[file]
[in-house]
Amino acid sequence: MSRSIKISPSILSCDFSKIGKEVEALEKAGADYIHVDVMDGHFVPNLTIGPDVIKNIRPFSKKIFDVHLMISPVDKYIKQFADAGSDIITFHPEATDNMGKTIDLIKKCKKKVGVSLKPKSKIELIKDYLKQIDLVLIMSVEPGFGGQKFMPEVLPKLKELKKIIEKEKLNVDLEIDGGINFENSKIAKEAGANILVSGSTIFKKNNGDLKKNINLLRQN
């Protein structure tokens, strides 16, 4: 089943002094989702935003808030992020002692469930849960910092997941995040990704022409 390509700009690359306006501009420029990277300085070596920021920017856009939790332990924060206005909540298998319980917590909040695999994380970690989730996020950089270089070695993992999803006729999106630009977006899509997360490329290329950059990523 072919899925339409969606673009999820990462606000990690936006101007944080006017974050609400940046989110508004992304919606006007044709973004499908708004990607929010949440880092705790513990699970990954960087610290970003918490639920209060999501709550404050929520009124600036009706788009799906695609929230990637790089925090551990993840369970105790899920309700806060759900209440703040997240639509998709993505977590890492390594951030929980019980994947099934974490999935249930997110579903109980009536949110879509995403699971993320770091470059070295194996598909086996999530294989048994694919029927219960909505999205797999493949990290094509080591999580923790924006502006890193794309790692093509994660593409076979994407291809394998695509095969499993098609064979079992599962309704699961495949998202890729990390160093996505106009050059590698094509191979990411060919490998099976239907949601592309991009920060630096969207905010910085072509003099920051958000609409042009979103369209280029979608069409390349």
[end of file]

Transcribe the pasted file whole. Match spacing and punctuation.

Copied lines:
[in-house]
Amino acid sequence: MSRSIKISPSILSCDFSKIGKEVEALEKAGADYIHVDVMDGHFVPNLTIGPDVIKNIRPFSKKIFDVHLMISPVDKYIKQFADAGSDIITFHPEATDNMGKTIDLIKKCKKKVGVSLKPKSKIELIKDYLKQIDLVLIMSVEPGFGGQKFMPEVLPKLKELKKIIEKEKLNVDLEIDGGINFENSKIAKEAGANILVSGSTIFKKNNGDLKKNINLLRQN
């Protein structure tokens, strides 16, 4: 089943002094989702935003808030992020002692469930849960910092997941995040990704022409 390509700009690359306006501009420029990277300085070596920021920017856009939790332990924060206005909540298998319980917590909040695999994380970690989730996020950089270089070695993992999803006729999106630009977006899509997360490329290329950059990523 072919899925339409969606673009999820990462606000990690936006101007944080006017974050609400940046989110508004992304919606006007044709973004499908708004990607929010949440880092705790513990699970990954960087610290970003918490639920209060999501709550404050929520009124600036009706788009799906695609929230990637790089925090551990993840369970105790899920309700806060759900209440703040997240639509998709993505977590890492390594951030929980019980994947099934974490999935249930997110579903109980009536949110879509995403699971993320770091470059070295194996598909086996999530294989048994694919029927219960909505999205797999493949990290094509080591999580923790924006502006890193794309790692093509994660593409076979994407291809394998695509095969499993098609064979079992599962309704699961495949998202890729990390160093996505106009050059590698094509191979990411060919490998099976239907949601592309991009920060630096969207905010910085072509003099920051958000609409042009979103369209280029979608069409390349």